Elephant Head Rock is the second most-recognizable Similan Island dive site. It is located in open water between the southern tip of Island 8 and the next island south, which has different names. It is an easily identifiable exposed rock which breaks the surface and looks like an archway at low tide. Being an exposed dive site it, offers excellent visibility in its deep waters. Currents and surface waves can be an issue, but they make it what it is - a great diving experience.
What's good at Elephant Head Rock?
- Excellent visibility
- Better suited for experienced divers
- Sharks almost guaranteed
To clear up any confusion about the location of Elephant Head Rock, the best option is to look at our map below. It is located about 1 km south of Island 8's southern tip, at Beacon Point. The naming of the islands has changed in recent years, with some people calling Elephant Head Rock 'Hin Pusar' and others calling it Island 7. In the 1980s the authorities changed the classification of islands and took away its name and status, thus reducing the Similans to just 8 proper islands. The word 'Similan' means 9 in a local dialect, so the mid-sized island to the south (Koh Pabu) had its name changed to Island 7, and island 5 is now 5 & 6, because it has an isthmus, and becomes two islands at high tide.
Similan Islands are synonymous with (Manta Rays and Whale Sharks) aren't seen here very often. This is no big deal though, because with so much reef life, great visibility and exciting swimthroughs, caverns, and canyons, Elephant Head Rock has some wonderful diving opportunities.Underwater at Elephant Head Rock, the site consists of dozens of huge granite boulders stacked upon one another, making a large pinnacle which comes all the way from the sandy seabed at 40 metres up to and above the surface. It is deeper on the eastern side, so it will depend on each diver's previous dives and experience as to where their Divemaster will guide them. All around the rocks and boulders divers should look out for several species of medium-size sharks, such as Whitetip Reef Sharks , Blacktip Reef Sharks, and Thailand's ubiquitous Leopard/Zebra Sharks. Although this dive site has plenty of water around it, the two huge filter feeders which the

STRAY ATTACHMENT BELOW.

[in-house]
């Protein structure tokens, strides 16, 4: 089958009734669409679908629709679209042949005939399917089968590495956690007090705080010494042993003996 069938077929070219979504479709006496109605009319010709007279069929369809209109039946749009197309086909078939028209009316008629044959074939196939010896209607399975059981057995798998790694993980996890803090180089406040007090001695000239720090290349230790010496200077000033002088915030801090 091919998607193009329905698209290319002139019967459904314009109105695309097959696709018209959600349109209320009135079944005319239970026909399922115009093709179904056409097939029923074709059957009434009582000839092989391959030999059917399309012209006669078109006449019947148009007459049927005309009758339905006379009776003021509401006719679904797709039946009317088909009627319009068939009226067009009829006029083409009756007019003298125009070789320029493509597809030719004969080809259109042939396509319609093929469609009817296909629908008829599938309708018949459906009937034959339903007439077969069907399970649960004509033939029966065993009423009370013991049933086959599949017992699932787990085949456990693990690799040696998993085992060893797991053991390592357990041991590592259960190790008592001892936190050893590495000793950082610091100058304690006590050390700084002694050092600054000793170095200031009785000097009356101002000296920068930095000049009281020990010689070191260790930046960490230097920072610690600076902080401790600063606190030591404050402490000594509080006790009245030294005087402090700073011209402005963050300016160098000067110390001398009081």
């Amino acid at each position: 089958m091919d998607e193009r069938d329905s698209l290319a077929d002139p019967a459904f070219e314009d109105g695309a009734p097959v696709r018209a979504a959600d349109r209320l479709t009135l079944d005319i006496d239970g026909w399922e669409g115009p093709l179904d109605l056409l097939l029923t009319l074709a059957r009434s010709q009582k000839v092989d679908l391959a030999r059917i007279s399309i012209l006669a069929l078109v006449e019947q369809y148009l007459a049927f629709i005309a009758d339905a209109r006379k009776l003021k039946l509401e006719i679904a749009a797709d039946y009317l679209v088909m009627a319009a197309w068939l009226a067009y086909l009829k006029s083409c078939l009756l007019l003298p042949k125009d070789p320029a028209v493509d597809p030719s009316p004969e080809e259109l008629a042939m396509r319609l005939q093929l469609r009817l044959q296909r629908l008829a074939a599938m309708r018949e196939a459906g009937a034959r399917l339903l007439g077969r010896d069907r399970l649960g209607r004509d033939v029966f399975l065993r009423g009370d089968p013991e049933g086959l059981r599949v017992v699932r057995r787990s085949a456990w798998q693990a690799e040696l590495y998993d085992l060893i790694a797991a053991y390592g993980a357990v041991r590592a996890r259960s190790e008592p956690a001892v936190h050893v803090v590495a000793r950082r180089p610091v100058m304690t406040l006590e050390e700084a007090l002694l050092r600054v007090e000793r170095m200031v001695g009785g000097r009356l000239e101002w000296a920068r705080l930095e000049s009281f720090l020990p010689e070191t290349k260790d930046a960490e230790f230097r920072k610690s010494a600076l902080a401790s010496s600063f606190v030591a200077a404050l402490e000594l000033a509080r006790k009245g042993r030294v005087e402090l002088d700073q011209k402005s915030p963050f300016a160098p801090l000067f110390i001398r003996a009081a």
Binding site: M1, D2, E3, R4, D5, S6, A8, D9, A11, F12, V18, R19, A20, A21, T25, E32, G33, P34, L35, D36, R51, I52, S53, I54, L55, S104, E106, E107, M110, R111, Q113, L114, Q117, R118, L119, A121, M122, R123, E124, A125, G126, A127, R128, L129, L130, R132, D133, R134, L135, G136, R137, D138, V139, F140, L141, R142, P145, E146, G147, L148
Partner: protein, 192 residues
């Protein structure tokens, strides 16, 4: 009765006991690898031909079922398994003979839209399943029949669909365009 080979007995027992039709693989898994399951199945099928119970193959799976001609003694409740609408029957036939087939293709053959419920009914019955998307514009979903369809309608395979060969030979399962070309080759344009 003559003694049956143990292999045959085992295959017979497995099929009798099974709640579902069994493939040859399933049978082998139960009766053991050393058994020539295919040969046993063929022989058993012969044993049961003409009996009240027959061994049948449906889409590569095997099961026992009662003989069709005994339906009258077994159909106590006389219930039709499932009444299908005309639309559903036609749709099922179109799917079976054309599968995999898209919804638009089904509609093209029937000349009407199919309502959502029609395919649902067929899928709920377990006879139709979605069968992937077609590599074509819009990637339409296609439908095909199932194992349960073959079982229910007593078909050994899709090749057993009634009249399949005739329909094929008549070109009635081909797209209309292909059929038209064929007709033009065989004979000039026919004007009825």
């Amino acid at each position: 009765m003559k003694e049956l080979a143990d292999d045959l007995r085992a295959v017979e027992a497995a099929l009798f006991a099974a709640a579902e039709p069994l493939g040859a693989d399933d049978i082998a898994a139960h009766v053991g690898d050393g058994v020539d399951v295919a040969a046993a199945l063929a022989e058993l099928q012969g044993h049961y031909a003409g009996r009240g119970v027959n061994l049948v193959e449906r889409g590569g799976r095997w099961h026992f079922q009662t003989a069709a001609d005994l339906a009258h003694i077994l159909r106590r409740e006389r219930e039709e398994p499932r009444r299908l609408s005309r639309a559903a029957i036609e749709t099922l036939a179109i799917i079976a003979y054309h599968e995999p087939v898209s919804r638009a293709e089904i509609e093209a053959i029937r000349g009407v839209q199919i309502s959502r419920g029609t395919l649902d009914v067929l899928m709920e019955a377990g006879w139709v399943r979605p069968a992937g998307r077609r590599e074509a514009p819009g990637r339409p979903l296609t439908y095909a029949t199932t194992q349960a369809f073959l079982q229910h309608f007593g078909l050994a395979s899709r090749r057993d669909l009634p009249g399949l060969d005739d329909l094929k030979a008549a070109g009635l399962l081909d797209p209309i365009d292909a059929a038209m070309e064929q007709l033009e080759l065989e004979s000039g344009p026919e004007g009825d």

Moray Eels can be seen sticking their heads out of holes and crevices in the rocks and corals. These may look aggressive, but all they are doing is forcing water past their gills. Green Turtles and Hawksbill Turtles sometimes pay a visit to munch on coral at medium depths, so keep an eye out for them. In addition to the invertebrates such as Mantis Shrimps, Cleaner Shrimps, Boxer Shrimps, and Cuttlefish, divers are likely to see hundreds of bony fish at Elephant Head Rock. The list is endless, but a few common and interesting examples are as follows; Great Barracuda, Sweetlips, Giant Trevally, Blue-Ringed Angelfish, Fusiliers, Red Fire Gobies and Rockmover Wrasse. Several species of Snapper frequent this site. Others to be on the lookout for are Bigeye Bream, the amazingly vibrant Powederblue Surgeonfish and at least a couple of species of triggerfish; Clown & Titan. Finally, Elephant Head Rock has become quite well-known for a couple of fish species which exist nowhere else in the world. The endemic Andaman Sweetlips and the Andaman Jawfish are seen here from time to time.On and around the granite rocks, hard and soft corals and sea fans flourish in the rich water currents. Thousands of marine fish and invertebrates make this their home, feeding ground, or somewhere to hide during the day. Various species of
Although this dive site can be a little challenging, with currents and surges between the rocks, it is well worth diving. The depth and clarity combine well with the swimthroughs and diverse marine life. The nearest island is just a kilometre or so away, but getting here has to be by liveaboard cruise or speedboat day trip. While this site is no good for snorkelling, other sites nearby are fantastic.